Tolkien Gateway

Letter 213

The Letters of J.R.R. Tolkien
Letter 213
RecipientDeborah Webster
Date25 October 1958
Subject(s)Tolkien's Facts about Himself, and Thoughts about Them

Letter 213 is a letter written by J.R.R. Tolkien and published in The Letters of J.R.R. Tolkien.

[edit] Summary

Tolkien stated that he did not like giving "facts" about himself beyond "dry" ones (which were no more relevant than juicy details to his books). He objected not only for personal reasons but because he disagreed with the contemporary trend in criticism that focused excessively on details of the lives of artists and authors. This distracted from the author's work and often become the main point of interest. Only a guardian Angel or God Himself could unravel the real relationship between personal facts and an author's works; not the author himself and certainly not so-called "psychologists".

There was a scale of significance in personal "facts". Insignificant facts (drunkenness, wife-beating, and suchlike – sins of which Tolkien was not guilty) were loved by analysts and writers about writers. But these had nothing to do with an artist’s work. Beethoven may have cheated his publishers and ill-treated his nephew but Tolkien did not believe it had anything to do with his music. There are more significant facts that have some relationship to an author's work but which do not really provide any explanation. Personally he disliked French and preferred Spanish to Italian, but it would take a long time to connect these facts to his taste in languages, and would not affect a reader's liking or disliking his invented names and bits of languages in his books. A few basic facts would be really significant. Tolkien was born in 1892 and as a child lived in the Shire in a pre-mechanical age. More importantly, he was a Christian and in fact a Roman Catholic. From his works one could deduce the Christianity but not perhaps the Roman Catholicism, except that one critic related invocations the Elbereth and Galadriel's character to Catholic devotion to Mary. Another saw lembas, which fed the will and became more potent when fasting, as derived from the Eucharist. Far greater things may colour the mind when dealing with little thing in a fairy-story.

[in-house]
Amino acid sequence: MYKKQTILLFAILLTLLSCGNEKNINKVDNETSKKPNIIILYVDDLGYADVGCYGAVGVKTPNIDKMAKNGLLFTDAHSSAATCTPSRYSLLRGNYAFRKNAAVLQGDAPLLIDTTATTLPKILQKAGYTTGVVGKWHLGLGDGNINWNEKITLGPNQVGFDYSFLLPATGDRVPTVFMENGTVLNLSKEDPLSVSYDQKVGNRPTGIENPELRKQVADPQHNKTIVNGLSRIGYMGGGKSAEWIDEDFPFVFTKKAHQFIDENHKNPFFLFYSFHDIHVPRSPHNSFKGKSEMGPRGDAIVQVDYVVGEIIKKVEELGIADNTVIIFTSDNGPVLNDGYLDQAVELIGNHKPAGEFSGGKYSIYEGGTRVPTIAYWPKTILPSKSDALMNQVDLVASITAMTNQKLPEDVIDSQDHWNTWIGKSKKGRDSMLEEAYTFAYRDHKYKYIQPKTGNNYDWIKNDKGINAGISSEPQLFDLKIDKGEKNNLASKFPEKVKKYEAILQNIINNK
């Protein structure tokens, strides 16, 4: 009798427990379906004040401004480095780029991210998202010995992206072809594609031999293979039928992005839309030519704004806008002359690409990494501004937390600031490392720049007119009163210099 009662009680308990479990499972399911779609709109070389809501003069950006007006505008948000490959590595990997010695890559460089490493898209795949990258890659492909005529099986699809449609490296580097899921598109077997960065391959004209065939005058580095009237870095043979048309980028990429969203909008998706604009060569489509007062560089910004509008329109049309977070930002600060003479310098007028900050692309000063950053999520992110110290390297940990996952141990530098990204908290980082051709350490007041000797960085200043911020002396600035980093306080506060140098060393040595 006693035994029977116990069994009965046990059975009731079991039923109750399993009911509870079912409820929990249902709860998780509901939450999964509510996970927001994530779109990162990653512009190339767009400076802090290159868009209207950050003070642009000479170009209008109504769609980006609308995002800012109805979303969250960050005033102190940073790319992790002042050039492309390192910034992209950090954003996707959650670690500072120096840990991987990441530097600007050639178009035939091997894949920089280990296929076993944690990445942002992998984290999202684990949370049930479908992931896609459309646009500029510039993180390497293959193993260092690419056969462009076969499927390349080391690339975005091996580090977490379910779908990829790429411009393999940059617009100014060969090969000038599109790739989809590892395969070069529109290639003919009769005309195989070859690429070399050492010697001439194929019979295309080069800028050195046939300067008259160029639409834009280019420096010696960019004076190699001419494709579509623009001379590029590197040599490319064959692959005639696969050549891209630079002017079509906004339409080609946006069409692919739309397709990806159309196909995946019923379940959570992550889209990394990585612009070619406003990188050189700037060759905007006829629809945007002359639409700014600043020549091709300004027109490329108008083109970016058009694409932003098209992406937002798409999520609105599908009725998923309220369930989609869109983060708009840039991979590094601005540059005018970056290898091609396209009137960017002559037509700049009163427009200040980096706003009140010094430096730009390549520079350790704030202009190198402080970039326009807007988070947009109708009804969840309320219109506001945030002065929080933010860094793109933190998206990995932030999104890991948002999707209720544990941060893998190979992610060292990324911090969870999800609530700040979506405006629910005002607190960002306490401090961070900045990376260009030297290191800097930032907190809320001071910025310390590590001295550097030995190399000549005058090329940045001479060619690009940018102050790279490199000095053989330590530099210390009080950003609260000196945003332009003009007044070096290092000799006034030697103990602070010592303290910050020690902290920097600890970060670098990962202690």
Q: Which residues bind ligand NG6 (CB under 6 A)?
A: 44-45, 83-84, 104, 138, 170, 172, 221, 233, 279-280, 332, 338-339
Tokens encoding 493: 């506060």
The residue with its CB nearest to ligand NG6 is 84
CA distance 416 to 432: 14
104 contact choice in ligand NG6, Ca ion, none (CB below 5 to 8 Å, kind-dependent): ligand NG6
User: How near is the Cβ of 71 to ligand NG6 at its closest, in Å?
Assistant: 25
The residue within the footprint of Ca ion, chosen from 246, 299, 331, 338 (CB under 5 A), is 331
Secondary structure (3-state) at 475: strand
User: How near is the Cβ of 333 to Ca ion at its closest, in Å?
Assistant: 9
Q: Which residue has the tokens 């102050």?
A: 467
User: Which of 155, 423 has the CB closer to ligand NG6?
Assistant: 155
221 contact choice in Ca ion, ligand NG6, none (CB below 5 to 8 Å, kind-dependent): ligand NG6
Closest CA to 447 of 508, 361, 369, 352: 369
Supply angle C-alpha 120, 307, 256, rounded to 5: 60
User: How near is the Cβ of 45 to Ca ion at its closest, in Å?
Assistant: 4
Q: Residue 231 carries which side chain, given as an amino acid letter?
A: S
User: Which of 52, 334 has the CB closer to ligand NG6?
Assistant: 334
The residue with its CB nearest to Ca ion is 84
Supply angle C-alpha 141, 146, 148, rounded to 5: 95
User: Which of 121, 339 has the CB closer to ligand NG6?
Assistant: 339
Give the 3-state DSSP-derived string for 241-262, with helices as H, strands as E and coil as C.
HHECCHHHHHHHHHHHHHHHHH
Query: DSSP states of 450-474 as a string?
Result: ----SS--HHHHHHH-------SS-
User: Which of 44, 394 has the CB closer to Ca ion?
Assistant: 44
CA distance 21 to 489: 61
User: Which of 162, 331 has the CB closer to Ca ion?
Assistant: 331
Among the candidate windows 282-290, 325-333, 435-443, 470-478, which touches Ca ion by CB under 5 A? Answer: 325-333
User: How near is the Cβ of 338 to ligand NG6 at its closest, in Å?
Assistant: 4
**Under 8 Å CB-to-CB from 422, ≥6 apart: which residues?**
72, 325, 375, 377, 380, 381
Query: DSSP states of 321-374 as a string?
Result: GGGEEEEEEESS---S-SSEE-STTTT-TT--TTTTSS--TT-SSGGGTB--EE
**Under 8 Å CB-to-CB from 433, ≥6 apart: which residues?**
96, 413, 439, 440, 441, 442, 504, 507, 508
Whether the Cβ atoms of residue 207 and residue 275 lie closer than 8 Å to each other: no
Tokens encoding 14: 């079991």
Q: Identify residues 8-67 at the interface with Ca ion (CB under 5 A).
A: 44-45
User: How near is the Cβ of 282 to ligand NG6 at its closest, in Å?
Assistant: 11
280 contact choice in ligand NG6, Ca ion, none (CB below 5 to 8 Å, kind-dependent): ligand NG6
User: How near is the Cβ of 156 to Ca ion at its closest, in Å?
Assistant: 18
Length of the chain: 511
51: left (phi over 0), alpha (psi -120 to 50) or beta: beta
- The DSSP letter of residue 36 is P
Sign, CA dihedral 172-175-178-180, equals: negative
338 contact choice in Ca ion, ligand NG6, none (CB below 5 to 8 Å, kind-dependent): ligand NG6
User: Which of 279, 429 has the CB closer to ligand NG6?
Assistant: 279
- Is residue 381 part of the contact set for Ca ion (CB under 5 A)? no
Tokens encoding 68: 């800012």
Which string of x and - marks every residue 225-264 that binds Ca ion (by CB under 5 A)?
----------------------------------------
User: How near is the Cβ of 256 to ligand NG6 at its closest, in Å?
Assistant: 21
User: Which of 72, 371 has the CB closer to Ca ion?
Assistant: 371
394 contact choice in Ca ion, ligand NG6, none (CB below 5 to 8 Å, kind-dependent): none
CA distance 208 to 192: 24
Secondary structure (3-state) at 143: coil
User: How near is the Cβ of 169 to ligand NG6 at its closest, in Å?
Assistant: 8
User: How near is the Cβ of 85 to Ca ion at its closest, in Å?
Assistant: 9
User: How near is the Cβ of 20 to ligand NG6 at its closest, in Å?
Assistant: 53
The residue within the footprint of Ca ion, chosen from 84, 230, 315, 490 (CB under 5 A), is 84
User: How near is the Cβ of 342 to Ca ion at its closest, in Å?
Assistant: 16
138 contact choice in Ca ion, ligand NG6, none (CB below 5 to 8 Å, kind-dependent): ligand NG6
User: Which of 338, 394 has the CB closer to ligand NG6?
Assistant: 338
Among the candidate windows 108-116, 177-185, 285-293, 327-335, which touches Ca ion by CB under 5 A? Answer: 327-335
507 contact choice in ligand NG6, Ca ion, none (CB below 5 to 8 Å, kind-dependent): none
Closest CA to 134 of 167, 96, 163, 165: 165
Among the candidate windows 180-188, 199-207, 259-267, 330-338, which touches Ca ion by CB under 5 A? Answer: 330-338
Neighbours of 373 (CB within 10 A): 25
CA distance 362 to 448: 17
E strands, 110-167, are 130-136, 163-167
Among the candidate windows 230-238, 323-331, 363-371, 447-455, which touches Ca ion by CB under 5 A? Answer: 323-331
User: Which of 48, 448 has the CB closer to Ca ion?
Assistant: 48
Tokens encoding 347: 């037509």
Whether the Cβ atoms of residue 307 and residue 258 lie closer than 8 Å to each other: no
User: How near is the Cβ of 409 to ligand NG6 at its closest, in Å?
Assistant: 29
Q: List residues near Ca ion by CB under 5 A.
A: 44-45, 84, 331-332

Tolkien proclaimed himself a Hobbit in all but size. He liked gardens, trees, unmechanized farmlands, pipe smoking, good plain food (not French), ornamental waistcoats, and mushrooms. He had a simple sense of humour, went to bed late, and got up late when possible. He did not travel much. He loved Wales (or what was left of it) and the Welsh language. He also liked Ireland and its people but found the language wholly unattractive.

[edit] Publication history

The full version of the letter (with some sentences not included in The Letters of J.R.R. Tolkien) appeared in Deborah Webster's The Fictitious Characters of C.S. Lewis and J.R.R. Tolkien (1972), and later in J.R.R. Tolkien: A Critical Biography (1982). The passage beginning "I am in fact a hobbit" has later reprinted in many places including J.R.R. Tolkien: Architect of Middle Earth (1976), J.R.R. Tolkien: A Biography (1977) and the Telegraph Sunday Magazine (1977).[1]


  1. "Fictitious Characters of C.S. Lewis and J.R.R. Tolkien. 1972", (accessed 3 January 2012)